Research suggests that children with conduct problems and callous-unemotional traits (CP/CU) display frequent and serious antisocial behavior in childhood and continue to do so in adolescence and adulthood (Frick &White, 2008). Research also suggests that these same children may show a less positive response to standard behavior therapy than other children with conduct problems (Hawes &Dadds, 2005;Waschbusch, Carrey, Willoughby, King, &Andrade, 2007). One possible reason for this finding is that children with CP/CU may have distinct learning styles in that they over-focus on rewards and are less likely to learn from punishment (e.g., Blair, Mitchell, Budhani, Peschardt, &Newman, 2004;O'Brien &Frick, 1996). This suggests that reward-emphasized behavior therapy approaches may be more effective for children with CP/CU as compared to standard behavior therapy which relies on both reward and punishment.
The aims of the proposed research are (1) To modify an intensive behavior treatment (BT) that has been empirically supported for children with disruptive behavior disorders so that it emphasizes rewards relative to punishment and therefore matches the unique learning styles of CP/CU children;(2) to conduct an initial trial of the modified treatment make refinements based on these data;and (3) to test the feasibility of implementing and evaluating the modified treatment. Following these aims, the study will proceed in three steps. First, treatment modifications and supporting materials will be developed by the principal investigator in consultation with experts in CP/CU and in consultation with experts in behavioral treatment for conduct problems. Second, a number of case studies will be conducted to provide an initial evaluation of the modified behavioral treatment and to make changes based on the results. Third, the feasibility of the final modified treatment will be evaluated in a small clinical trial of 40 children with CP/CU in which 20 children with CP/CU will be randomly assigned to receive the modified behavioral treatment that emphasizes reward-based interventions and the remaining 20 children with CP/CU will receive standard behavior therapy which emphasized both reward and punishment based interventions. The penultimate goal of the proposed research is to conduct an R01 grant to definitively test whether a modified form of behavior therapy, which is tailored to the unique learning styles of children with CP/CU by emphasizing reward-based interventions, results in more effective treatment of CP/CU than the current gold standard of traditional behavior therapy.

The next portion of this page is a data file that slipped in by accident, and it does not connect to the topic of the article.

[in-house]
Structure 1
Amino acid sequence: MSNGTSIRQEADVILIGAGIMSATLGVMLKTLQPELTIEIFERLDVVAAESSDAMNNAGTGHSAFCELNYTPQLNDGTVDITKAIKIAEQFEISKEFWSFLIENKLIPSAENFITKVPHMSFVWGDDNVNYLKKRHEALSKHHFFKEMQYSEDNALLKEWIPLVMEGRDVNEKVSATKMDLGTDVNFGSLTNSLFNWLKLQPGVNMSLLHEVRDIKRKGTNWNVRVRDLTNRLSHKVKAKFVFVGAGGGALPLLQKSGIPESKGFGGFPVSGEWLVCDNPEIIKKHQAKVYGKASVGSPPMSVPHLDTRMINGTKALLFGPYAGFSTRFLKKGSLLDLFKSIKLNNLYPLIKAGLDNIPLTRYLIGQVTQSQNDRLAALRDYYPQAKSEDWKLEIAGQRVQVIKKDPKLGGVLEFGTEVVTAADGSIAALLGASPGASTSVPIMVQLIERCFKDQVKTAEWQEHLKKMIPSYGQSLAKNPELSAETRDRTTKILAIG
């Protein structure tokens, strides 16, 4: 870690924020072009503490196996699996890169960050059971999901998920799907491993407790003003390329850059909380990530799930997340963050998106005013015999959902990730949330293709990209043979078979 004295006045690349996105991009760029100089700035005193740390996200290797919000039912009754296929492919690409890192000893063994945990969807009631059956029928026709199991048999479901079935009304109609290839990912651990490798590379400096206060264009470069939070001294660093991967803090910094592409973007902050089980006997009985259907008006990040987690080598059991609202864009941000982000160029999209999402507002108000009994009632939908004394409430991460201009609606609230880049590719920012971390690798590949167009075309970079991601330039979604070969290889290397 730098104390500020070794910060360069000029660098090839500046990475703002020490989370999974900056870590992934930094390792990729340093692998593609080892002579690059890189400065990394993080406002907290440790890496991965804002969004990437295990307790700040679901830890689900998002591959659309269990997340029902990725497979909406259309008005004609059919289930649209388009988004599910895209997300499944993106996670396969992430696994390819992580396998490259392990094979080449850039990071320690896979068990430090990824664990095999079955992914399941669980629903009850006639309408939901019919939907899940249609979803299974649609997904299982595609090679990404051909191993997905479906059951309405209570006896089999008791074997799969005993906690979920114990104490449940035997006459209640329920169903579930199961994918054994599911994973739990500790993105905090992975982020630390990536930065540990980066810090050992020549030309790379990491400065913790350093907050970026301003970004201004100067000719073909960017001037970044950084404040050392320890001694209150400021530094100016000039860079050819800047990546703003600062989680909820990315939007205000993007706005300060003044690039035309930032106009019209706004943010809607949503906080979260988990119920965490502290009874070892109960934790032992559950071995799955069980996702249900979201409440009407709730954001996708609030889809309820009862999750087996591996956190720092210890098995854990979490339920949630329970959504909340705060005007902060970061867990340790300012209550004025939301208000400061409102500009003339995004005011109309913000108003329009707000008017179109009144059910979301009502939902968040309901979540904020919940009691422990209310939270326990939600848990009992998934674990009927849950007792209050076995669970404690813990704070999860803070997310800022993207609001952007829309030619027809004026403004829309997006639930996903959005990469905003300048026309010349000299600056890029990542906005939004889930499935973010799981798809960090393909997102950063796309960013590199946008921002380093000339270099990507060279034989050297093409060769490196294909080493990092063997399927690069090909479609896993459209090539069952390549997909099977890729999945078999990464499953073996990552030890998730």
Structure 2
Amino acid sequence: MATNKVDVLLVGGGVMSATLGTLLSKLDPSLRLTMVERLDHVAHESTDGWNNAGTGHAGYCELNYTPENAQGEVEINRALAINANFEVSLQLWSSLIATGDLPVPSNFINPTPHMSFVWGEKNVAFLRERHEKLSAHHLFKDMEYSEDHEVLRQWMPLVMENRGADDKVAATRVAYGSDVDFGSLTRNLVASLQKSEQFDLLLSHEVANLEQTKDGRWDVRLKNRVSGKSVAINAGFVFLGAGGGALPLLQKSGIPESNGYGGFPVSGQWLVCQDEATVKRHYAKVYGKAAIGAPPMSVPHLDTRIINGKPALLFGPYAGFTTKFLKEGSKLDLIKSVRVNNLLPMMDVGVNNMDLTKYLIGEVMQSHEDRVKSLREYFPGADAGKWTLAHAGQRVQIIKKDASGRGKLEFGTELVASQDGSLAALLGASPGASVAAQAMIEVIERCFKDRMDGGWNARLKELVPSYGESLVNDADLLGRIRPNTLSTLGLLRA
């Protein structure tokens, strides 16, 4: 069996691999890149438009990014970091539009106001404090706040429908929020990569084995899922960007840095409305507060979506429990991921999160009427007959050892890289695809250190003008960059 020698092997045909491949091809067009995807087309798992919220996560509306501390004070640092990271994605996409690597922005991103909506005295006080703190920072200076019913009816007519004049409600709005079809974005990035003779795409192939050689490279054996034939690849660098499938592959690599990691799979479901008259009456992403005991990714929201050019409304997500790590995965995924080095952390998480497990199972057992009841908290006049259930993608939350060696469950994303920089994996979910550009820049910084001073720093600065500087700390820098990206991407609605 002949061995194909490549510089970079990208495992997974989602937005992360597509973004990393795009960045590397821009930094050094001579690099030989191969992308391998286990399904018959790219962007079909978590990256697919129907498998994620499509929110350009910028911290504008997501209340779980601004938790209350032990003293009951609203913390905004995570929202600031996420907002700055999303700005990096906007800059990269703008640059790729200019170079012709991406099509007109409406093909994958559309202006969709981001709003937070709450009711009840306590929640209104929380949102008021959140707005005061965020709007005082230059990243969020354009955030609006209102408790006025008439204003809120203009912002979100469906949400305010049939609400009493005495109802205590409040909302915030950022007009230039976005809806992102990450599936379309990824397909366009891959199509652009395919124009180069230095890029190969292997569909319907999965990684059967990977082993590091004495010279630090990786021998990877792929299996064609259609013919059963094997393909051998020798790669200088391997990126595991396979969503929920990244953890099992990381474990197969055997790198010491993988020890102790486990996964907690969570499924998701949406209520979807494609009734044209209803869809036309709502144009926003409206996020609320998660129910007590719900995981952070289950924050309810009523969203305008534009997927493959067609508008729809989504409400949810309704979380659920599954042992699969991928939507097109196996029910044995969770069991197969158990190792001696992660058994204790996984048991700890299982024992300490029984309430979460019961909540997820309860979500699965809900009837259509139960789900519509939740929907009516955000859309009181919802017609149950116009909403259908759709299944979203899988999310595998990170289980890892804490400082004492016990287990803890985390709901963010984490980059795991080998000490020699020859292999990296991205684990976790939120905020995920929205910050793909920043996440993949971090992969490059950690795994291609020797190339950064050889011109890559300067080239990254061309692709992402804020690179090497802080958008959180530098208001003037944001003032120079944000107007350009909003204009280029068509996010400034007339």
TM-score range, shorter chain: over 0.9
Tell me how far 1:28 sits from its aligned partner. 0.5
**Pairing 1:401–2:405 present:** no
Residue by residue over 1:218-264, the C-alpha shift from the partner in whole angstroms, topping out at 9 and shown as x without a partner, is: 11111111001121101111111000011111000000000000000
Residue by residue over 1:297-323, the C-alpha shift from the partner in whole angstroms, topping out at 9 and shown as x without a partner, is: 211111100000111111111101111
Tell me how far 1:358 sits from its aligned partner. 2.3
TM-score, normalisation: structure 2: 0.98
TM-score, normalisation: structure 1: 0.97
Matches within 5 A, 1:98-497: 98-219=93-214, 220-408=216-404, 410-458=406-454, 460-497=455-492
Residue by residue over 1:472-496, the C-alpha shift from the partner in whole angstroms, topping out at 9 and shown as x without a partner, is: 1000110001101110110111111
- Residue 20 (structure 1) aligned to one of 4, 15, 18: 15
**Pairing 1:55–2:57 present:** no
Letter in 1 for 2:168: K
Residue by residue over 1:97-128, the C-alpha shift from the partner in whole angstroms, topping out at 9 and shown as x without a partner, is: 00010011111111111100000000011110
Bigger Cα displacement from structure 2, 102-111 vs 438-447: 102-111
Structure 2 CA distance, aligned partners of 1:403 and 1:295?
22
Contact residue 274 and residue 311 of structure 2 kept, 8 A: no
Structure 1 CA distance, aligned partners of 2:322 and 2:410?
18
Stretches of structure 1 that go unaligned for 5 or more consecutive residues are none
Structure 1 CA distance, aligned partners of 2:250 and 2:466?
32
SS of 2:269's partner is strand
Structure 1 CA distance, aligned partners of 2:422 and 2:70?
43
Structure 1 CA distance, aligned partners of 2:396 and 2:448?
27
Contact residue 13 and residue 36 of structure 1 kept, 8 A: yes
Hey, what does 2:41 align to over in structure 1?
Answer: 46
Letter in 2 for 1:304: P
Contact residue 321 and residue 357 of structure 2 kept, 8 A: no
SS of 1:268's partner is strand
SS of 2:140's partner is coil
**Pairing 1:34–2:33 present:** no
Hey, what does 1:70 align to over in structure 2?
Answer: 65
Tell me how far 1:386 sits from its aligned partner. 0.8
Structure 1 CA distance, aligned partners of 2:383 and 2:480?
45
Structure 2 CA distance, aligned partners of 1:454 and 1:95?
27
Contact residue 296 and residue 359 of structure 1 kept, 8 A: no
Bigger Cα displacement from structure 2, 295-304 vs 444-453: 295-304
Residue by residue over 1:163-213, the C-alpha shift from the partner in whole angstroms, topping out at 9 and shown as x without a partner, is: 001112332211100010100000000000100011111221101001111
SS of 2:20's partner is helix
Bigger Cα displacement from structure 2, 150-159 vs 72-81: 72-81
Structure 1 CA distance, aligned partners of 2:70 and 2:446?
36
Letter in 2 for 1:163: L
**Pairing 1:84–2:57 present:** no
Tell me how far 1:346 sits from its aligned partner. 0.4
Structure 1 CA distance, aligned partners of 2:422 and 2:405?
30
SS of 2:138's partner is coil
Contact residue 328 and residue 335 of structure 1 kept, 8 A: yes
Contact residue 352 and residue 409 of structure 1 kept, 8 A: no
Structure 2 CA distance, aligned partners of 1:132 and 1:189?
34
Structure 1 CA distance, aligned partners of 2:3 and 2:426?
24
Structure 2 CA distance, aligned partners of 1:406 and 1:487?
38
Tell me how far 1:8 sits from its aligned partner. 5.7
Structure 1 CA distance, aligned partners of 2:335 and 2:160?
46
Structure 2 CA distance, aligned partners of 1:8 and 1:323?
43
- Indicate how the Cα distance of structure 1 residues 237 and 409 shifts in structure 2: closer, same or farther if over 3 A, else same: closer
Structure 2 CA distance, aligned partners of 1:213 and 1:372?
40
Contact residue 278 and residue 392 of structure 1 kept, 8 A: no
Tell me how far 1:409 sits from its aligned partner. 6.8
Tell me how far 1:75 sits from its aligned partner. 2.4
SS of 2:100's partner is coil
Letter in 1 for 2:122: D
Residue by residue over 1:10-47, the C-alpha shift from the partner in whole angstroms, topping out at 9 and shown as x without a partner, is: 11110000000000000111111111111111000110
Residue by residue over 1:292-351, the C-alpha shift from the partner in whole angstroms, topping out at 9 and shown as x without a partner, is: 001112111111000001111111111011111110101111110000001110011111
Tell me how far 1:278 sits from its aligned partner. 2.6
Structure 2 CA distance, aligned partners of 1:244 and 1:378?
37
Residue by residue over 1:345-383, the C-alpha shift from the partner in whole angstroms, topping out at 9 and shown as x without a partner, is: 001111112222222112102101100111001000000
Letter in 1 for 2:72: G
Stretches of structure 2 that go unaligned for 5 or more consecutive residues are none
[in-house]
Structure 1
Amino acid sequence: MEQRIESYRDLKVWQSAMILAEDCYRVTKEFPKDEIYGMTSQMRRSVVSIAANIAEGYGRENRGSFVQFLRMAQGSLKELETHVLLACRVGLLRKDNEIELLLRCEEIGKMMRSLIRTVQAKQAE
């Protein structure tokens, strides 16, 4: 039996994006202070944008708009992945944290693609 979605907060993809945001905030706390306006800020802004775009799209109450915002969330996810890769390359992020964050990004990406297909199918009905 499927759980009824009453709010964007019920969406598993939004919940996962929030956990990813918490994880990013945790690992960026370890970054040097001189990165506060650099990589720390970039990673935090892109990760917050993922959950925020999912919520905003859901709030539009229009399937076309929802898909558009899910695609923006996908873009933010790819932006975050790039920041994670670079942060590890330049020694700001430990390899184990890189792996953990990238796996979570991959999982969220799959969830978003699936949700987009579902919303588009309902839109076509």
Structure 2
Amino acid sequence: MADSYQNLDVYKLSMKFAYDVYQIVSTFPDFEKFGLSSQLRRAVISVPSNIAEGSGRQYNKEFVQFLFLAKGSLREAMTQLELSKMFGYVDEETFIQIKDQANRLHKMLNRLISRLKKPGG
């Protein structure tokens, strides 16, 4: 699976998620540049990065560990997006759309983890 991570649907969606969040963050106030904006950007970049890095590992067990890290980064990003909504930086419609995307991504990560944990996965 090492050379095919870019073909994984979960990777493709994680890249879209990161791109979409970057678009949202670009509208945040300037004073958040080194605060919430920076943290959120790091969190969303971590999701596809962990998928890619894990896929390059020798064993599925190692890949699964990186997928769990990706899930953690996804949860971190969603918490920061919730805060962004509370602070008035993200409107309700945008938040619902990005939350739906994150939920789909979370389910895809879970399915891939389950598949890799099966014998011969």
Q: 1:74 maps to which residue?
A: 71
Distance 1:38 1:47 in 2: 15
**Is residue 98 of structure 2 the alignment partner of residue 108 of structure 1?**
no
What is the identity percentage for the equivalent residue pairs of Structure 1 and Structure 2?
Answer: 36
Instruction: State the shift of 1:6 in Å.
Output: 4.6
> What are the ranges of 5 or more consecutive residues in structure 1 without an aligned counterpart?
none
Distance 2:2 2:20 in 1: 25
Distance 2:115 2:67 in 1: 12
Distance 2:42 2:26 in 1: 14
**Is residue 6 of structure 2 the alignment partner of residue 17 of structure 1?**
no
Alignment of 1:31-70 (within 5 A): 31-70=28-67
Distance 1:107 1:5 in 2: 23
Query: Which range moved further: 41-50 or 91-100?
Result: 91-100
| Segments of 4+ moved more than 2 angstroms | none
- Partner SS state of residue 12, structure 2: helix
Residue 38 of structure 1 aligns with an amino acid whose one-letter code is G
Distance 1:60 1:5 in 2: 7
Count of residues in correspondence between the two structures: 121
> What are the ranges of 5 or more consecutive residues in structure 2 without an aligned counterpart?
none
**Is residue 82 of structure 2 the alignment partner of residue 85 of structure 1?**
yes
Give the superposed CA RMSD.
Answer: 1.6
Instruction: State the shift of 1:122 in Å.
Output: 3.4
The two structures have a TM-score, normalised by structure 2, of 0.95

The results of the proposed studies are intended to develop a novel approach for implementing behavioral intervention for children with serious conduct problems. This research will inform future studies examining interventions for children with frequent and severe antisocial behaviors.
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